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Navigating Regulatory Risk

The role of the regulatory liaison office


Over the last five years, as new laws, regulations and other guidance were introduced, banking and securities firms recognized the need for more visible and strategic management of their complex regulatory relationships. As more and more questions continued to flow from regulatory agencies, it became clear that the current methods of regulatory response may not have been as efficient and proactive as possible.

In response, some firms created a Regulatory Liaison (RL) position (sometimes referred to as Regulatory Affairs Officer, Head of Regulatory Relations, etc.), which combined a sound understanding of the organization’s business with an appreciation for the regulatory agencies’ supervisory processes. Executives often came to these roles as experienced regulators, or risk and control managers. Other firms took a different route, making the liaison role a responsibility of the Chief Operating Officer (COO) or Chief Administrative Officer (CAO), reporting into the Chief Executive Officer (CEO). Still others took a step further and created a Regulatory Liaison Office (RLO) outfitted with staff.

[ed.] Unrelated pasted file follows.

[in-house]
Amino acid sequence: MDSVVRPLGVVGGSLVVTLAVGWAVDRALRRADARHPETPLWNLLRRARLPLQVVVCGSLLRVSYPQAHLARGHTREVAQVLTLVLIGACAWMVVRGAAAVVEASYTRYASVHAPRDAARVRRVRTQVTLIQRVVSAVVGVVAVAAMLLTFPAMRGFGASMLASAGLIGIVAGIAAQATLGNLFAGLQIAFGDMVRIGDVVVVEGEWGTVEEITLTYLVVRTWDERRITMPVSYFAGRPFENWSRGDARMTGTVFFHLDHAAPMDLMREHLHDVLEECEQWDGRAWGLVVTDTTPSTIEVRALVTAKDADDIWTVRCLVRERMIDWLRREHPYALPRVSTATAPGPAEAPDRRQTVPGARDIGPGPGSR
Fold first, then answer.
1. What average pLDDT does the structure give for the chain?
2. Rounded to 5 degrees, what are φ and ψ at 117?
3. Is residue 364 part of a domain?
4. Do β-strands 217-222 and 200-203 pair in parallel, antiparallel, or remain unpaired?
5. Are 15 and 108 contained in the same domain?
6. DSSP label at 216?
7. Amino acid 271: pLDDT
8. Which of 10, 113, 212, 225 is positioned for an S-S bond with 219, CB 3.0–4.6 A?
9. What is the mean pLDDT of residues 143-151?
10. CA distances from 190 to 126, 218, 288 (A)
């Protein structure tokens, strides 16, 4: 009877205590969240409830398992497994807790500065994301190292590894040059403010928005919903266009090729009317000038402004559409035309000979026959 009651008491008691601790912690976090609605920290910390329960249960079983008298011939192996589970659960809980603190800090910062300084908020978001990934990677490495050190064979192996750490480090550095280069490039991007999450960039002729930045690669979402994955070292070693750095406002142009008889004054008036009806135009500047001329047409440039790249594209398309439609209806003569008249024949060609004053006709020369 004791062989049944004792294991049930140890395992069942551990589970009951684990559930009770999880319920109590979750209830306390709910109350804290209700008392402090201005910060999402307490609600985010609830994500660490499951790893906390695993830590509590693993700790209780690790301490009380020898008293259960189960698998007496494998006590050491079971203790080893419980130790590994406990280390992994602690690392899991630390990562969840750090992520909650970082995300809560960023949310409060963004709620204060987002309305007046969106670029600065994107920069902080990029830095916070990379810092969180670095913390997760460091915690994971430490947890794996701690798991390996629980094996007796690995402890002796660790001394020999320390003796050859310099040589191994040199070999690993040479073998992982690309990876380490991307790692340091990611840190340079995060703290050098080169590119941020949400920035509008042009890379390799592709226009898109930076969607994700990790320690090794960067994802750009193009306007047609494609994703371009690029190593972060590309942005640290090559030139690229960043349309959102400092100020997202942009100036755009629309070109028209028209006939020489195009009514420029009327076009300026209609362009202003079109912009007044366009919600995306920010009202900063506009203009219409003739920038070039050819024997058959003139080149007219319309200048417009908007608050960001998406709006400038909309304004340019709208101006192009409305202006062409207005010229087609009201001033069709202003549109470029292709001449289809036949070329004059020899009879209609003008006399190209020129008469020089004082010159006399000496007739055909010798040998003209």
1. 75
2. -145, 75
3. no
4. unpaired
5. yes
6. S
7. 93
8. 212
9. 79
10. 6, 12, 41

An RLO with the proper executive leadership can be an effective way for an organization to manage regulatory concerns and speak with a single voice to the regulators, who oversee an organization’s operations.

Today, the regulatory environment that spawned many liaison initiatives is even more complex, with stronger engagement from banking and securities regulators. Continuing shifts in the regulatory landscape, such as Basel II & III, the Dodd-Frank Act and the creation of the Consumer Financial Protection Bureau, affect virtually every financial institution in some way. This has led to an emerging recognition among firms that regulatory risk is a relevant part of the organization’s risk framework.

As used in this document, “Deloitte” means Deloitte LLP and its subsidiaries. Please see for a detailed description of the legal structure of Deloitte LLP and its subsidiaries. Certain services may not be available to attest clients under the rules and regulations of public accounting.

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